Identify a job advertised by a recruitment firm that is reasonably close to your ‘ideal’ job (for example, right company, but wrong level, or right level, but not a company that you really want to work for).
Most advertisements will include contact details for further information, usually a name and phone number at the recruitment company. Call the consultant and explain that you saw the advertisement for that post, and that it is not quite what you are after, but you would appreciate the chance to chat with them or with one of their colleagues to discuss your situation. Ask their advice about how to go ahead.
Most recruitment consultants are quite happy to hold CVs on their books against a suitable job and, once you are registered with them, they are likely to put your name forward for jobs that are a reasonable match.
Temporary Appointments or Consultancy Contracts
One of the big changes in recruitment and staffing over the last ten years or so has been the rise in marketplaces or platforms.
These are recruitment sites—but not like the old-style recruitment agencies or head-hunters. These sites do not actively look for suitable candidates for a job. Instead, they simply act as a platform to bring together those who need work with those who want to hire someone with suitable skills.
The other key difference is that most of those using the sites are not looking for a long-term employment relationship. Most of the jobs are short-term, and most of the people seeking work are self-employed (contractors, consultants or freelancers). Many of the contracts are expected to be delivered remotely, without any face-to-face contact between those involved.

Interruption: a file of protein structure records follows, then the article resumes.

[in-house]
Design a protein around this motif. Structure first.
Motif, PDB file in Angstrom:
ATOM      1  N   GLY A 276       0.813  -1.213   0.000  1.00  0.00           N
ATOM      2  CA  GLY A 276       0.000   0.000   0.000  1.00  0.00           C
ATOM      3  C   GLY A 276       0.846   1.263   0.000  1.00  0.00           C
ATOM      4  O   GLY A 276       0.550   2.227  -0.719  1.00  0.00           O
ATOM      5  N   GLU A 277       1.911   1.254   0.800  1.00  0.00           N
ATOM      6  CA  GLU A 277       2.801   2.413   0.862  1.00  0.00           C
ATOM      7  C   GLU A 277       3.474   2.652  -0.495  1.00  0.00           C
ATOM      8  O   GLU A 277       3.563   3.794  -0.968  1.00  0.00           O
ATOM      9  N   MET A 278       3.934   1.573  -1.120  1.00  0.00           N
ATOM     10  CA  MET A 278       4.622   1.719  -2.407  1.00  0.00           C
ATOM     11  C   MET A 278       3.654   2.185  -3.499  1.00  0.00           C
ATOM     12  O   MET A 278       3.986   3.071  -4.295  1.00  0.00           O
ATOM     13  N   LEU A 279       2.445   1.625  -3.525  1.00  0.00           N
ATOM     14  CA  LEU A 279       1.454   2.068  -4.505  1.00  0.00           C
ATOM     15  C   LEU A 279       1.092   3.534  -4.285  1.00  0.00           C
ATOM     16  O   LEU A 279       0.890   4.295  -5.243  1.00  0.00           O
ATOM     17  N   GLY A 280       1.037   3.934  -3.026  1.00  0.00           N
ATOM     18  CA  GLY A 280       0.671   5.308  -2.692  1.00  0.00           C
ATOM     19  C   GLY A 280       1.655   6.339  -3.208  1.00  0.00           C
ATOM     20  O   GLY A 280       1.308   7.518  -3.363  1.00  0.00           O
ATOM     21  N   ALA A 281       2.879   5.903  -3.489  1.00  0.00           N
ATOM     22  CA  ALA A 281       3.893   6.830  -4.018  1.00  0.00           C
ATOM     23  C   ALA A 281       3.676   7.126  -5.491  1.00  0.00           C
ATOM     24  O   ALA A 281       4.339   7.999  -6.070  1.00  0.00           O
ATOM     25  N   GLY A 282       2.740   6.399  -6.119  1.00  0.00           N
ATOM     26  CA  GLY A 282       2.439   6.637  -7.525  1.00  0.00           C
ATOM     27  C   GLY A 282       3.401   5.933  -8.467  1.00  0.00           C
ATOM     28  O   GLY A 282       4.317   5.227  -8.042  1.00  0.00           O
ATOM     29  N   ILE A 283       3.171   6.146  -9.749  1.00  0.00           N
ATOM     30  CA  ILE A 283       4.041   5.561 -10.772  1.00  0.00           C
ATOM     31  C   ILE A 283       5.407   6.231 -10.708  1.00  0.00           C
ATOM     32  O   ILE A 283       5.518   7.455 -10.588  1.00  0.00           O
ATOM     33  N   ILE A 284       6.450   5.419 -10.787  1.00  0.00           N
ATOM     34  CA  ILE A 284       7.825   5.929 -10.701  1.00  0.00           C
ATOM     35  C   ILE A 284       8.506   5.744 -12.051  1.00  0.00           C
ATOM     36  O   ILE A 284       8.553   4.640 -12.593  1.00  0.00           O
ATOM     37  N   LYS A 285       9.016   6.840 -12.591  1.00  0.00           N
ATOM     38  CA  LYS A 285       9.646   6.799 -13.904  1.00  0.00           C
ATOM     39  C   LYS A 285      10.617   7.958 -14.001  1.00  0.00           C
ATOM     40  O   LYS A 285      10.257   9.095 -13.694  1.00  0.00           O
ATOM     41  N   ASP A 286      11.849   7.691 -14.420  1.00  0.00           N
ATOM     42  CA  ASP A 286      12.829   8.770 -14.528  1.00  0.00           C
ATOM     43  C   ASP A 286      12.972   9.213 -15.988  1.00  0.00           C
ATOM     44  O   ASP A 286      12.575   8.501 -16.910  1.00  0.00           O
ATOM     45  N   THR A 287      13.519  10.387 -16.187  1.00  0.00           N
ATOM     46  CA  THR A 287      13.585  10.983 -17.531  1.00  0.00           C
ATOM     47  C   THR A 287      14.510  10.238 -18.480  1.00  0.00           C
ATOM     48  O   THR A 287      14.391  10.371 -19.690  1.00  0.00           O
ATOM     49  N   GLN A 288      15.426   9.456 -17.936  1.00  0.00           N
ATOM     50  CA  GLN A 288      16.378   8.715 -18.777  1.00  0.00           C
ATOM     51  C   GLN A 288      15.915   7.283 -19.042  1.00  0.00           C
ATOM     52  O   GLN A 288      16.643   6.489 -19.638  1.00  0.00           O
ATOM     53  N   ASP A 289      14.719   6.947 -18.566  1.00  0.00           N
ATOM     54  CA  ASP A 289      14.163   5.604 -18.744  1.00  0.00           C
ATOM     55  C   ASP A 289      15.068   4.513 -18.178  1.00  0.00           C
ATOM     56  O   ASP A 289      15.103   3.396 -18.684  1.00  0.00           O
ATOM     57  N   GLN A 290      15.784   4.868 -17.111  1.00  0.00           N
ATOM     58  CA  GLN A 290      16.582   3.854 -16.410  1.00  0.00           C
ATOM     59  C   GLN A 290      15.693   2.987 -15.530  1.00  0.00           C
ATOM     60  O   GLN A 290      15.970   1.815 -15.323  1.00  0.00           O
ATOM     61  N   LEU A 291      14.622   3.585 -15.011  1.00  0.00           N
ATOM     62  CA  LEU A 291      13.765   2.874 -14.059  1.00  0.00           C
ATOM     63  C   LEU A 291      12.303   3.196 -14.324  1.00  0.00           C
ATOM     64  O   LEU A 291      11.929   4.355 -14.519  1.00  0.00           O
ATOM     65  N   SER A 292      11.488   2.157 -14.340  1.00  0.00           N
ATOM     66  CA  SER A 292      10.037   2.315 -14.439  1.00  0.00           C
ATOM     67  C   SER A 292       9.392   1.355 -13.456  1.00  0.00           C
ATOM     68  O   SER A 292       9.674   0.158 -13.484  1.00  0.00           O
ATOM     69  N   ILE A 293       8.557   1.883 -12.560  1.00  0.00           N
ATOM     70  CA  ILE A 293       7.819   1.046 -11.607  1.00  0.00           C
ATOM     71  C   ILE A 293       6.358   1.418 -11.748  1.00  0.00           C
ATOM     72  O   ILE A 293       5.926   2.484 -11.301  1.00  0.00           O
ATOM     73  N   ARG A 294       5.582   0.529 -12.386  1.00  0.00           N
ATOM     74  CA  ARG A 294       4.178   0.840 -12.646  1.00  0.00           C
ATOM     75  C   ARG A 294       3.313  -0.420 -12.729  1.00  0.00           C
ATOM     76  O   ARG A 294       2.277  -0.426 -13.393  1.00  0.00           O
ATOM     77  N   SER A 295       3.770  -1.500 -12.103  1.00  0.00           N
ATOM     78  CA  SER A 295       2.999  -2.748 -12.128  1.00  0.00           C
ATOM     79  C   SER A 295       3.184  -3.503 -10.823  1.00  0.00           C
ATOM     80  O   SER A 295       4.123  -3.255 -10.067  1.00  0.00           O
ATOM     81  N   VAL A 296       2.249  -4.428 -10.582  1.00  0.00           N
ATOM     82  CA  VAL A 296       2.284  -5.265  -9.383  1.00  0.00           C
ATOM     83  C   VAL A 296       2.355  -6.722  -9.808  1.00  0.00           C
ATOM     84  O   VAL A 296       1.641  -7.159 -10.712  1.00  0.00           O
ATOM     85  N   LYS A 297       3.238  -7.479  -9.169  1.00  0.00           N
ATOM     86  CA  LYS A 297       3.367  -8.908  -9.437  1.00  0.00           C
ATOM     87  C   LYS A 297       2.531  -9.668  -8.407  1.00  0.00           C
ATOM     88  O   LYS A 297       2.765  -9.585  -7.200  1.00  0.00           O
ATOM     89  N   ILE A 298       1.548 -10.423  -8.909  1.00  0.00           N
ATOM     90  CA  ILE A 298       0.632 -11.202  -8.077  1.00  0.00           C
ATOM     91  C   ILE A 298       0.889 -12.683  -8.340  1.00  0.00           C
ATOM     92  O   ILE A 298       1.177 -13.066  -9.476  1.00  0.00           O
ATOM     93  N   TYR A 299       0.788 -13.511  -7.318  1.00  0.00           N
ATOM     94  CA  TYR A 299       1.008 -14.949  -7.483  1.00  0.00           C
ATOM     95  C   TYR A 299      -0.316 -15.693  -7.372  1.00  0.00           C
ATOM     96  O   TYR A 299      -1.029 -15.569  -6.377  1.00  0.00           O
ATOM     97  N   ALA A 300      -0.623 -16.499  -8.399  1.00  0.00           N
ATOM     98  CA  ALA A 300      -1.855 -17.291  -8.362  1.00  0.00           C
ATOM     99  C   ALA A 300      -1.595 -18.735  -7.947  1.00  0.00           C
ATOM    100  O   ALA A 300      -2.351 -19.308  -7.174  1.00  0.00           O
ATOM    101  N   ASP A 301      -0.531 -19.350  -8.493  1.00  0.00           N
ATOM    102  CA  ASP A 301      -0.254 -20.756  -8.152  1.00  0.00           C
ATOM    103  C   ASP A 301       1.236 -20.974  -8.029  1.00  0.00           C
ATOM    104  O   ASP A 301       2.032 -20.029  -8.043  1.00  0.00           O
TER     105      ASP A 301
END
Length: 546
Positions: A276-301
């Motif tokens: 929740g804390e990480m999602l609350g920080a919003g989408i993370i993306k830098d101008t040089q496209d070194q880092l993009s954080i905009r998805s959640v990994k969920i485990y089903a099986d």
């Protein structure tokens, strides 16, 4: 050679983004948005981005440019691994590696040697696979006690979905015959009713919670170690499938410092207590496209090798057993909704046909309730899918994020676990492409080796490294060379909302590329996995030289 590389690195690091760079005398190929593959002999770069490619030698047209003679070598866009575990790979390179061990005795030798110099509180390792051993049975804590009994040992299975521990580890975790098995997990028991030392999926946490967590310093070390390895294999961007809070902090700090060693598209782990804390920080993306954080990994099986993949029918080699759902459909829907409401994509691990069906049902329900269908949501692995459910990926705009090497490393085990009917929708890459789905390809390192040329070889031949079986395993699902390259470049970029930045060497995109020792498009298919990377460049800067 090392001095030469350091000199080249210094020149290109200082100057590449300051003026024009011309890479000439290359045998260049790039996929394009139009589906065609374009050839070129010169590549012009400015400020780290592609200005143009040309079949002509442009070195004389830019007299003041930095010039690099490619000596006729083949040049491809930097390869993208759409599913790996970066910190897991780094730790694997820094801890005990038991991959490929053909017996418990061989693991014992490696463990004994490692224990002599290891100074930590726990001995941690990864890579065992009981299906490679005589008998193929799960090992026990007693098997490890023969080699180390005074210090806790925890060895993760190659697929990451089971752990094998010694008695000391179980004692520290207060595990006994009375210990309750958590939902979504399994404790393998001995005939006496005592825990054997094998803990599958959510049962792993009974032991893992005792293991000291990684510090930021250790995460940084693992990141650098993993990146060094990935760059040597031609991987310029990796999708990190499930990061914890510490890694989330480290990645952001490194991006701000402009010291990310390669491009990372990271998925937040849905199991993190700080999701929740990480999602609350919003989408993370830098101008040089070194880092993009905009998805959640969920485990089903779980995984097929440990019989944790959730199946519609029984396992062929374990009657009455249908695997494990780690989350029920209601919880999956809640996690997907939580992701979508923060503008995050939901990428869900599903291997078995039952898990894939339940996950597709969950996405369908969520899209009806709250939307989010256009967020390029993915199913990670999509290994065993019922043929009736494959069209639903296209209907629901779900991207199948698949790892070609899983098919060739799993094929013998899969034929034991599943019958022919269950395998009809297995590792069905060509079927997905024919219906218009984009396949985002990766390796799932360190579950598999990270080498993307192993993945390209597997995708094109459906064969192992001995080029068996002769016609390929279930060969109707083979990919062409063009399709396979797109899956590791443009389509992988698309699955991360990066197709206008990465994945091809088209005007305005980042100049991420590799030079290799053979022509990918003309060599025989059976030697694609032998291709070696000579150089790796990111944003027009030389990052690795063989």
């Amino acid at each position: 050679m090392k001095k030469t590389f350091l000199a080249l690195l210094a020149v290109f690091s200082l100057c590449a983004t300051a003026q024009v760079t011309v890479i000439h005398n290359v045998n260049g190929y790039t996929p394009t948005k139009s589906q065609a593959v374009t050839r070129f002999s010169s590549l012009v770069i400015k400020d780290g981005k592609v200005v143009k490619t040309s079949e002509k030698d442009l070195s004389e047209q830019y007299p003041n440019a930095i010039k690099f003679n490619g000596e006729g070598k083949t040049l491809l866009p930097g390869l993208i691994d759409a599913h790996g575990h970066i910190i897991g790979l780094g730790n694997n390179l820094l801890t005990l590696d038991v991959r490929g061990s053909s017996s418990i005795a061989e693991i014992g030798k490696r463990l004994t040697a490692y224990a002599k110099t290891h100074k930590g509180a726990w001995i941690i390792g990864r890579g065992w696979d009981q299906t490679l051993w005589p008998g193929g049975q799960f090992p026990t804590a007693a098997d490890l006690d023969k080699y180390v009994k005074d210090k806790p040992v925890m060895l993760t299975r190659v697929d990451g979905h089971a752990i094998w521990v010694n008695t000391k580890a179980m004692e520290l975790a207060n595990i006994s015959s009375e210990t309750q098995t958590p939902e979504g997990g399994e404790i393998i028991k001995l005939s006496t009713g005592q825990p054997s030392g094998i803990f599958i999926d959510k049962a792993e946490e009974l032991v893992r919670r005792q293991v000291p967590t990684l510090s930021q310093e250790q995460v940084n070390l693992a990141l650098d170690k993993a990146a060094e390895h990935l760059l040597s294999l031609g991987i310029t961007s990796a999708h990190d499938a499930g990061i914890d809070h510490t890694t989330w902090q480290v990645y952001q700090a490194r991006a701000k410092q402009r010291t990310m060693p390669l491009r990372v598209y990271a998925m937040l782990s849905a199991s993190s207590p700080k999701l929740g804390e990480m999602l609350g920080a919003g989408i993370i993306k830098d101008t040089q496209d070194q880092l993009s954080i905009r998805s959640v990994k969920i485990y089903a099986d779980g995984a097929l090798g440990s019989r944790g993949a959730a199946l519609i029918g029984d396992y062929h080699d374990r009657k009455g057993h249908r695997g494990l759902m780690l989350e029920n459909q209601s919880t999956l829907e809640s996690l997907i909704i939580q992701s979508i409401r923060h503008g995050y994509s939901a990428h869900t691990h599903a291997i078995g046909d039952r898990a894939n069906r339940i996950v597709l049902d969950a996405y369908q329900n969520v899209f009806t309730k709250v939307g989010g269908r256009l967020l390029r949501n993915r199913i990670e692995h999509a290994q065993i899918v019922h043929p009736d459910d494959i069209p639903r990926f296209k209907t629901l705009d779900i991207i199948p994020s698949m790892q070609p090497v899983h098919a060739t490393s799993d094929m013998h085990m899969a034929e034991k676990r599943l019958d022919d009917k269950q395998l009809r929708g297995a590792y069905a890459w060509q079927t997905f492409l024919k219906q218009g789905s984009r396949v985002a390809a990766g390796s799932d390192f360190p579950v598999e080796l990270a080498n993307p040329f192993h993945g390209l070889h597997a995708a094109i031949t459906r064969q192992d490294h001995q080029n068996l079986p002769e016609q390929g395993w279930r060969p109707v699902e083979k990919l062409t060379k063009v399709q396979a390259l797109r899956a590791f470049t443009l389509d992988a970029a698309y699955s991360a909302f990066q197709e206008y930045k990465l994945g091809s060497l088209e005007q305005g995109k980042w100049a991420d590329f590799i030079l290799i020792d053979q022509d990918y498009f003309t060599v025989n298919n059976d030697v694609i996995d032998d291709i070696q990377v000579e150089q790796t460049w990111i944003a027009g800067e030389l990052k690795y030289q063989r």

There are now large numbers of these marketplaces around the world. Some are very general. Sites like People Per Hour, Fiverr or Upwork, for example, are aimed at ‘freelancers’ in general, and the work advertised ranges from writing and editing through to web and mobile development, marketing, accounting and administrative support. Other platforms, however, are focused on particular industries such as construction—and some may even be company-specific.
It can be a challenge to identify the best site for your job or skillset. The best advice is probably to look at several, ask around about your industry, and register with as many as possible, and be as active as possible on those sites.
Networking to Find a Job
Networking is the process of building and maintaining a network—your contacts, including friends, family and former and current colleagues.
For many people, it is also an essential part in finding a new job. Many jobs are filled by someone known to a person in the organisation.
Case study: Networking in Action
Lara was looking for a change in direction in her career. She had been working for a government department for 10 years but had just finished an MBA and felt ready to try something different. On the other hand, she also liked the security of her job and was not anxious to ‘jump ship’. She mentioned this dilemma casually to Stephen, a friend from her course. He worked in an industry that had close links with her department, so they had often discussed work matters.
“Why don’t you send me your CV?” he suggested. “I know a couple of people who might be interested in finding you a short-term post.”
A few weeks later, Lara received a phone call.
“Hi, I’m Richard. Stephen passed me your CV. It looks really interesting, and I think I have a job that might suit you. Would you like to come and have a chat about it?”
The conversation went very well. The job was interesting, Lara was a good fit. The only problem was that the work required travel. Lara had small children, and had to juggle work and childcare. Travel was a problem. They agreed that it wouldn’t work, but both were reluctant to abandon the idea altogether. Richard offered to pass Lara’s CV on to a colleague, which she gratefully accepted.